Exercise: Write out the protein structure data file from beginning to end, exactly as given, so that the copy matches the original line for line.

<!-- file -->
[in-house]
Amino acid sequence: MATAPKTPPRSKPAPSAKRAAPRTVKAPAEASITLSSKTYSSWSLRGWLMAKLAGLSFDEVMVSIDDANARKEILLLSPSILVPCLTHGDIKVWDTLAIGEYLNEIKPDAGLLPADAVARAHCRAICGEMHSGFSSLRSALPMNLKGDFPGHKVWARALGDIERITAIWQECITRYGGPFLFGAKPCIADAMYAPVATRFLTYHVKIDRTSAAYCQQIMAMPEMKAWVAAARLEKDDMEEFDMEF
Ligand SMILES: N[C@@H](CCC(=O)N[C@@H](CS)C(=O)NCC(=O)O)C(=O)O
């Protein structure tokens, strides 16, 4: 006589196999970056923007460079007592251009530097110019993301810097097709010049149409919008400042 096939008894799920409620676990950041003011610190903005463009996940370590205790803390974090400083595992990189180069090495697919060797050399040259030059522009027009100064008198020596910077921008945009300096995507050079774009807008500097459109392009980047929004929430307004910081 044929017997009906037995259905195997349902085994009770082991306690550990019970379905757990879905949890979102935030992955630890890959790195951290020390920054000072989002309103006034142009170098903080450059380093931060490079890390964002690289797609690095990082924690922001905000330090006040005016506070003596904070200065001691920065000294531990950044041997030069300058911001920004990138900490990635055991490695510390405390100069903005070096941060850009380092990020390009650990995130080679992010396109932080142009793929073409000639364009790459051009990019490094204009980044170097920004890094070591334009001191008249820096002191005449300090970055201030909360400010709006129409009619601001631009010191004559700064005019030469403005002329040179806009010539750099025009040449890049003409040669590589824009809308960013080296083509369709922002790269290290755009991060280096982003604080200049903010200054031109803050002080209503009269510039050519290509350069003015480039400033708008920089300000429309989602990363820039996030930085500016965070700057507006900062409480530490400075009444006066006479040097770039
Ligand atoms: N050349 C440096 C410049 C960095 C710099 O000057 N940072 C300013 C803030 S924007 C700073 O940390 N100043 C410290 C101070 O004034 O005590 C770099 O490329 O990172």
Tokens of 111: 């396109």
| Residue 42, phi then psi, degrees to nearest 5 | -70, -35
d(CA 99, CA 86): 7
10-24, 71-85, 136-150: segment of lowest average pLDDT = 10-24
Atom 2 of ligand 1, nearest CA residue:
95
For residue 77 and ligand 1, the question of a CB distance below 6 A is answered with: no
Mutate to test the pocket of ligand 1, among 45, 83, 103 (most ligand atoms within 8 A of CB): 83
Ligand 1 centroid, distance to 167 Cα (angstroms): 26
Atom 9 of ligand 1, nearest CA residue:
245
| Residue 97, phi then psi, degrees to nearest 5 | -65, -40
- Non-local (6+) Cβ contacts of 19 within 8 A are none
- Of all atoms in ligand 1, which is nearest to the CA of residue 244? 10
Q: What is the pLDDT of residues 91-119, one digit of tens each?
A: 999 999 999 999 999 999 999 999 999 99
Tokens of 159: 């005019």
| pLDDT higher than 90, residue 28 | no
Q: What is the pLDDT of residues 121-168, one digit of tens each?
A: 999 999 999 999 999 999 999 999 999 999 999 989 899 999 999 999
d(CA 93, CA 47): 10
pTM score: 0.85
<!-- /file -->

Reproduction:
[in-house]
Amino acid sequence: MATAPKTPPRSKPAPSAKRAAPRTVKAPAEASITLSSKTYSSWSLRGWLMAKLAGLSFDEVMVSIDDANARKEILLLSPSILVPCLTHGDIKVWDTLAIGEYLNEIKPDAGLLPADAVARAHCRAICGEMHSGFSSLRSALPMNLKGDFPGHKVWARALGDIERITAIWQECITRYGGPFLFGAKPCIADAMYAPVATRFLTYHVKIDRTSAAYCQQIMAMPEMKAWVAAARLEKDDMEEFDMEF
Ligand SMILES: N[C@@H](CCC(=O)N[C@@H](CS)C(=O)NCC(=O)O)C(=O)O
């Protein structure tokens, strides 16, 4: 006589196999970056923007460079007592251009530097110019993301810097097709010049149409919008400042 096939008894799920409620676990950041003011610190903005463009996940370590205790803390974090400083595992990189180069090495697919060797050399040259030059522009027009100064008198020596910077921008945009300096995507050079774009807008500097459109392009980047929004929430307004910081 044929017997009906037995259905195997349902085994009770082991306690550990019970379905757990879905949890979102935030992955630890890959790195951290020390920054000072989002309103006034142009170098903080450059380093931060490079890390964002690289797609690095990082924690922001905000330090006040005016506070003596904070200065001691920065000294531990950044041997030069300058911001920004990138900490990635055991490695510390405390100069903005070096941060850009380092990020390009650990995130080679992010396109932080142009793929073409000639364009790459051009990019490094204009980044170097920004890094070591334009001191008249820096002191005449300090970055201030909360400010709006129409009619601001631009010191004559700064005019030469403005002329040179806009010539750099025009040449890049003409040669590589824009809308960013080296083509369709922002790269290290755009991060280096982003604080200049903010200054031109803050002080209503009269510039050519290509350069003015480039400033708008920089300000429309989602990363820039996030930085500016965070700057507006900062409480530490400075009444006066006479040097770039
Ligand atoms: N050349 C440096 C410049 C960095 C710099 O000057 N940072 C300013 C803030 S924007 C700073 O940390 N100043 C410290 C101070 O004034 O005590 C770099 O490329 O990172």
Tokens of 111: 């396109």
| Residue 42, phi then psi, degrees to nearest 5 | -70, -35
d(CA 99, CA 86): 7
10-24, 71-85, 136-150: segment of lowest average pLDDT = 10-24
Atom 2 of ligand 1, nearest CA residue:
95
For residue 77 and ligand 1, the question of a CB distance below 6 A is answered with: no
Mutate to test the pocket of ligand 1, among 45, 83, 103 (most ligand atoms within 8 A of CB): 83
Ligand 1 centroid, distance to 167 Cα (angstroms): 26
Atom 9 of ligand 1, nearest CA residue:
245
| Residue 97, phi then psi, degrees to nearest 5 | -65, -40
- Non-local (6+) Cβ contacts of 19 within 8 A are none
- Of all atoms in ligand 1, which is nearest to the CA of residue 244? 10
Q: What is the pLDDT of residues 91-119, one digit of tens each?
A: 999 999 999 999 999 999 999 999 999 99
Tokens of 159: 């005019």
| pLDDT higher than 90, residue 28 | no
Q: What is the pLDDT of residues 121-168, one digit of tens each?
A: 999 999 999 999 999 999 999 999 999 999 999 989 899 999 999 999
d(CA 93, CA 47): 10
pTM score: 0.85